In 2015 Los Freneticos’ album El Sonido Que Perdura was anointed with my Gremmy award for best Trad Surf record of the year (man, I was playing fast and loose with the word "trad" then...). It’s a record that bursts with energy, exuberance and playfulness. Teletransportacion is the follow-up to that record, and though...Read more
3 releases in less than a year, perhaps Amphibian Man is getting back to his previous furious pace. Though Metal Goes Surf went back to slapping some reverb on that guitar, these 7 songs are about as dry and punk-sounding as they've ever been, to the point where I'd consider this instro-punk instead of instro-surf.
But for fans of Amphibian...Read more
Cat Sith (or Catsith, they never seem to settle on that) have released 3 EPs and 2 LPs since April of 2018, and every subsequent release gets a little more poisoned.
Their sound definitely is rooted in surf, reverbed out guitar and all, drums, upright bass and often saxophone or even some bongos. But they're getting better and better at using them tastefully wrong. The reverb rings out a bit longer than comfortable levels, and there might even be some very subtle...Read more
Despite hearing their first EP, something about this led me to believe that it would be fast-n-nasty metal-tinged surf, but Mare Incognitum actually adopts a pretty normal modern surf sound at a normal pace, just dwelling a bit more on the darker side. That's no complaint though, each of these is punchy and fun, almost always danceable, and with a good sense of when to go big, when to sound a little nastier, and generally how to stay interesting and fun.
They seem to...Read more
I've often seen talk of drum machines in surf but it usually seems like a solution for bedroom composing and the inability to form a band. I gotta say that most of the music I've heard with them is... eh. But there are some bands that have fused surf with synth and drum machines very well, such as earlier Messer Chups and Matorralman. Galactic Gold sounds like neither and pulls it off well.
I think the success lies in the...Read more
Chad Shivers (organizer of the Southern Surf Stomp, plays in The Mystery Men?, KBK, plenty of others bands) champions The Flying Faders’ debut album No Sweat as one of the best surf albums of the past 10 years. I like it, but it never quite grabbed me enough. I couldn’t tell you why, and I can’t tell you why their new LP seems to fix whatever it was. Tectonic Shifts is a great album.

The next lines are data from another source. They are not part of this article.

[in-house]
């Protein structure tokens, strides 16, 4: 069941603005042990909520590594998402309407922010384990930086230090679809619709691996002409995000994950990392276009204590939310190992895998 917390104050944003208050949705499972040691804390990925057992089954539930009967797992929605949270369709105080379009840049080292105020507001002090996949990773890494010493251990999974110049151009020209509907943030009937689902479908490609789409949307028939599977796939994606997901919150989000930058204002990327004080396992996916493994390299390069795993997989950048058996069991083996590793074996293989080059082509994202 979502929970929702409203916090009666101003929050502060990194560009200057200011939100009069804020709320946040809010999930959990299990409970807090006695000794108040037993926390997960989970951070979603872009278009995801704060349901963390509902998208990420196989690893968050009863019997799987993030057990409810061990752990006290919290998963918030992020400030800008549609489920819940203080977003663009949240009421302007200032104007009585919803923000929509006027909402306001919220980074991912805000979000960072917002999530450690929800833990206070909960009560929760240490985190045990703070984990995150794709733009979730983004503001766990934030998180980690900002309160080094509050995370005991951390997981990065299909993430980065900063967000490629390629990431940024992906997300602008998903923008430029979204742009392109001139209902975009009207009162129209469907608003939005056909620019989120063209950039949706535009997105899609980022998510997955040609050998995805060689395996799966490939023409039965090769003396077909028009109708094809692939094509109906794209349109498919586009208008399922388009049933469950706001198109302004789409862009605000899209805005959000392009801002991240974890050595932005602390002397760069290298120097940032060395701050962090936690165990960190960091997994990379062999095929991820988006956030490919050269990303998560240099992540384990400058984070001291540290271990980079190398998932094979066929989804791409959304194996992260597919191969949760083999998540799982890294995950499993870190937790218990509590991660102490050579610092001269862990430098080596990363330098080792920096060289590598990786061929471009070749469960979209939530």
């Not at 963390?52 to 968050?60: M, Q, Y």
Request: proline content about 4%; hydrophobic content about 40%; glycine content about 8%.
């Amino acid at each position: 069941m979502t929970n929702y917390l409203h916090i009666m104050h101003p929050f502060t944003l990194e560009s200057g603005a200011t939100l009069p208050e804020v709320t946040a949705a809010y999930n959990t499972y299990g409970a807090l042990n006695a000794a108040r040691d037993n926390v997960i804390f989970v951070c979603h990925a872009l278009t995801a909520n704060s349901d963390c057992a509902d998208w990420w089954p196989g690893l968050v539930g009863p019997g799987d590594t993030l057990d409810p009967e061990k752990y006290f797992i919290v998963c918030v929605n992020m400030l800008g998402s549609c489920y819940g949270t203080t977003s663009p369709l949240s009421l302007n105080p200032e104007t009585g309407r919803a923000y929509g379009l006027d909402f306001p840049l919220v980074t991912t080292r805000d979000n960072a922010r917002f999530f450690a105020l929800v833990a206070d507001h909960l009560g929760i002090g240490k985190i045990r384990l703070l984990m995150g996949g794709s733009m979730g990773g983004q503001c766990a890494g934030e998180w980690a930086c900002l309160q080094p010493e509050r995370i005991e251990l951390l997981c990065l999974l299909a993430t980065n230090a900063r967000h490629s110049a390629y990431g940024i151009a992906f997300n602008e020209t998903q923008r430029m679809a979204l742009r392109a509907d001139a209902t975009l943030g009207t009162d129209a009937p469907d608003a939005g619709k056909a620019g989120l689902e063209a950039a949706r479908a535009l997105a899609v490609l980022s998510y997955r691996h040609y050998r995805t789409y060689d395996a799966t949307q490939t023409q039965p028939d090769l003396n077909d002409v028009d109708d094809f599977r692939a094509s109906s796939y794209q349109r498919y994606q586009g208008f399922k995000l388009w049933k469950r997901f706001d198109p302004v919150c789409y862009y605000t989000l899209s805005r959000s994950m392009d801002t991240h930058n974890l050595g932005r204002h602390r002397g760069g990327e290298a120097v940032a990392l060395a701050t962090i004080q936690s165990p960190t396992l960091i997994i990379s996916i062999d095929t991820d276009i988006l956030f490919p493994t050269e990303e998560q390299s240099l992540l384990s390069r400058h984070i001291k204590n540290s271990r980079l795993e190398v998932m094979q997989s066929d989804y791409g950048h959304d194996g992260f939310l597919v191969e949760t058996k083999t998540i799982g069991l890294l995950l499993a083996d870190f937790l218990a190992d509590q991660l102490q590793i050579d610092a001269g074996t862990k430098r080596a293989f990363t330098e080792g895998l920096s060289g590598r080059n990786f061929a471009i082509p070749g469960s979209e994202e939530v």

Tectonic Shifts starts with two ferocious surf scorchers,...Read more
The over-the-the top party feeling that you get from a band name that seemingly promises you both sex and (presumably) butt-shaking feels kind of ironically imposed when you actually listen to this album. It’s not sad or particularly listless or anything, it’s totally danceable, but there’s a sour and strange feeling to this. My first thought was a sort of vaporwave via surf, but I think something closer would be a Twin Peaks comparison. Not so much directly to Angelo Badalamenti,...Read more
This is a band that’s straight-ahead with their delivery, so I’ll do the same: El Zeb nail it.
There’s no special sauce to El Zeb -- in terms of pure sound they could be mistaken for any of thousands of surf groups. They don’t need it because they have the personnel: Sebastien Fevry of Los Venturas, Sam Bolle probably best known as Dick Dale’s touring bassist, and Dusty Watson whose drumming resume includes so much surf & garage royalty that we’ll just settle and...Read more
Let’s jump straight to what’s important here: percussion.
A lot of bands reach for that spy sound, and while some try to get there via mimicry of John Barry, the real key isn’t in what you’re twangin’ but what you’re bangin’. Maeds Dominos sometimes have the snare restricted to surbeat, but you can expect it to be joined by bongos, glockenspiel (?), tambourine… it’s extremely well done and expands the whole feeling of the songs beyond mere guitar aggression.
But if you’re a...Read more